The nurse came to get me, and brought both of us to the prep area, where my husband helped me change into a gown, surgical cap and booties. I was CUTE! At this point, I was a little woozy, and certainly needed the help. I was also a little disappointed I had to wear booties since I went for a cute pedicure that morning 🙂 Oddly enough, they told me to undress only from the waist down, even with the gown. I was happy I had a comfortable bra on and a soft, long sleeve thermal tee shirt on. Indeed, it was cold in there, so it was nice to have the shirt on.

From here we moved into the prep area where I sat in a very comfortable lazy boy-like recliner, very comfy. The nurse, Kathy, inserted my IV and started giving my fluids. They brought the wheel chair, I kissed my husband good-bye, and off we went down the hall to the procedure room.

THE HYSTERSCOPY

Once in the room I moved onto the table, slid down and placed my thighs in the stirrups. I felt a split in the table right where my tooshie was. Dr. S dropped that part of the table out from under my toosh, and I was essentially suspended by my thighs and the tension of my back on the rest of the table. I was unsuspecting of this, so it took a moment to relax and get comfortable. If there is anything I have learned, it is that the less tense and anxious I am, the more accessible I am physically for the doctor. While it can be trying on me, the doctors and nurses, and my great husband, all work to get keep me breathing and as loose as possible.

Lying on the table as they set up, I looked around, thinking I really wanted to take in the equipment and instruments in the room. It was quite dim in there, and I was feeling a bit dim myself, but do remember a few things distinctly.

  • The nurse was on my left side next to my IV.
  • Next to the nurse was a sterile tray with vials of medication. I later learned this was fentanyl.
  • There was a set of monitors also on the left capturing my heart rate, blood pressure and oxygen levels.
  • Above me was a large, round light on a swing arm. Very stereo typical of what you would see on ER or Grey’s Anatomy.
  • At my feet was a large machine that had a color monitor and a printer. This was a new piece of equipment that the doctor and nurse were very excited to use. In fact, the technician for the machine was there, and in and out of the room when I was covered up to make sure it was functioning properly.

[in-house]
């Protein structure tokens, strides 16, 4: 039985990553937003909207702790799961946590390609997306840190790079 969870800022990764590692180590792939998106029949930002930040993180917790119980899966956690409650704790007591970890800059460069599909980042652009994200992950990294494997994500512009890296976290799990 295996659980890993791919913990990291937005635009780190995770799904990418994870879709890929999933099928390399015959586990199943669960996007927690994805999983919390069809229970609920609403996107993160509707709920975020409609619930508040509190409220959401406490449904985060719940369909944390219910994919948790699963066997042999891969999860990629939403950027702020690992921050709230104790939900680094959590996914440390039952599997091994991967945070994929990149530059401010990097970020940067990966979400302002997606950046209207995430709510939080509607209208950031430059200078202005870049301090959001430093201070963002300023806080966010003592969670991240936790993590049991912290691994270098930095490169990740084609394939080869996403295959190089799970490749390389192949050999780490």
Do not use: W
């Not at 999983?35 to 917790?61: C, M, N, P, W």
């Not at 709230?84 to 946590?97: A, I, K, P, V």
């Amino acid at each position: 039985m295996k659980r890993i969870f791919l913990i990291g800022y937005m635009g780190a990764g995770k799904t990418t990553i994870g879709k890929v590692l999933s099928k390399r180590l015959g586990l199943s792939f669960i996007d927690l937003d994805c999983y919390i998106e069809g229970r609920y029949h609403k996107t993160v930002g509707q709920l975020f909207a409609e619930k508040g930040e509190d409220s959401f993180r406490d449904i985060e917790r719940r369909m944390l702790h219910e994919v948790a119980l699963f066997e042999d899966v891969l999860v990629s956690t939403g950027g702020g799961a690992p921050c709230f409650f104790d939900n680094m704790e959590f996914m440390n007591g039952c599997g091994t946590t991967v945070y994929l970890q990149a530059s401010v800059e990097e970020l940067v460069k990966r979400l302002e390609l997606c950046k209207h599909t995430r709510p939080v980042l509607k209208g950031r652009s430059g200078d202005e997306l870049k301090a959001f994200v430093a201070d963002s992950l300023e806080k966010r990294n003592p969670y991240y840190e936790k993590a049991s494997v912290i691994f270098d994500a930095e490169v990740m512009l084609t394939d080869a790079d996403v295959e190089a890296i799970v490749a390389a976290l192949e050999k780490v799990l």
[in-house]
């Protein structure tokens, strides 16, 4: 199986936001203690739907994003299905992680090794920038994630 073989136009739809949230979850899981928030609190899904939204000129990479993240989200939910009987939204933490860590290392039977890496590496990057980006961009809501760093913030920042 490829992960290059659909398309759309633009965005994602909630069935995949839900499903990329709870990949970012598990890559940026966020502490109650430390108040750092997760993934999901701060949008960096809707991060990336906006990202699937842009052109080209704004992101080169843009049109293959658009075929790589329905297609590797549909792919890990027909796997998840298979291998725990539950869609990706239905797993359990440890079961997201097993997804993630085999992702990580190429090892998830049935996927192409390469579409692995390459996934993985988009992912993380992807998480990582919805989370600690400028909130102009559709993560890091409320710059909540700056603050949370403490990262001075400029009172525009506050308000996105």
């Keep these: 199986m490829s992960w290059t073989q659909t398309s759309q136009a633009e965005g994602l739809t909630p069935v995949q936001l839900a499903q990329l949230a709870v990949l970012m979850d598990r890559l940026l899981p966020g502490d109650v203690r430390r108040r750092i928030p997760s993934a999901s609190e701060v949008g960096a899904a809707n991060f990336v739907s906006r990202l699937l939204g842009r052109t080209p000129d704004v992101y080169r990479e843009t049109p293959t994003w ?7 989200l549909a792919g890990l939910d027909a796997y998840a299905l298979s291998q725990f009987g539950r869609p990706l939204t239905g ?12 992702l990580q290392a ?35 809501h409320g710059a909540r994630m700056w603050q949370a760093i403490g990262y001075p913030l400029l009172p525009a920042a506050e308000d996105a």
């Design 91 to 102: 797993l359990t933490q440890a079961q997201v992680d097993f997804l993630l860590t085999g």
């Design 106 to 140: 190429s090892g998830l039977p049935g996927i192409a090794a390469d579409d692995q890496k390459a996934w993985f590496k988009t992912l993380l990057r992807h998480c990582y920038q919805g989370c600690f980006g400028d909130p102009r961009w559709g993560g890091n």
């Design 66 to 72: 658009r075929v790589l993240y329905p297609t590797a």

• Also at my feet was a sterile tray with a speculum, the hysteroscope and betadine to clean my cervix.
  • The one thing I did not see, thankfully, was the syringe and needle that were to be used for the cervical block.

As he began the procedure, Dr. S told me that he would be talking me through every step, likely OVER talking. He said that some people didn’t like all the talking, but he wanted to make sure he was communicating as much as possible throughout so I knew what was going on. As I have said before, I am down with this approach.

He began by placing the speculum in my vagina, and really cranking that puppy open! He wanted to be able to have wide and full access. He then took the betadine and swabbed my entire cervix to sterilize the area. (Prior to swabbing, he asked if I was allergic to betadine. I really like the centers’ thoroughness when it comes to checking and double-checking for allergic reactions.) The swabbing felt like a wet, prolonged pap smear. I am not sensitive to pap smears, so this didn’t bother me…I know it gets to some people.

Following the betadine, it was time for the cervical block. Here, the doctor injects a local anesthetic around the cervix. Once the anesthetic has taken full effect, the cervix will dilate to allow the lighted scope to be inserted. Dr. S told me to expect a “little pinch” as he numbed my cervix. He also said that some people reported a metallic taste in their mouth from the medicine. HOLY COW! I didn’t just have a metallic taste in my mouth…I felt a buzz all the way up to my jaw. Yikes. But, it is done, SO I THINK…Dr. S then says, Ok, another “little pinch” on the other side. That was it. There were two injections, one into each side of my Phew, by this point I am in a cold sweat. I hear the nurse ask him if she should give me 25 of fentanyl. He says yes. I feel the drug wash over me like sun breaking through parting clouds on the beach. Yet, I still feel the pain. I am trying to think of things that relax me. Being at the beach. My husband kissing me on my shoulder. Laughing with my nephews. Going to s great spin class. Singing in choir. I still feel the pain.

I felt Dr. S place his hand on my thigh, apparently I am shaking pretty hard at this point. He tells the nurse to give me 25 more fentanyl. And, we’ll wait a few minutes to let the cervical block take effect.

Once the cervical block had taken effect, Dr. S threaded the hysteroscope through the cervix up to my uterus. At this point, I was seeing stars. I don’t recall if I was saying much, but I think there must have been a look of intense pain on my face. The nurse kept asking if I was ok, I was shaking my head and saying no. I was feeling an all-consuming, exquisite cramping I had never before felt. At the same time, I had sharp pain in the cervical area that the block did not eliminate. My sister-in-law reminded me she had a similar issue with her epidural not taking, and she felt her contractions down one side of her body.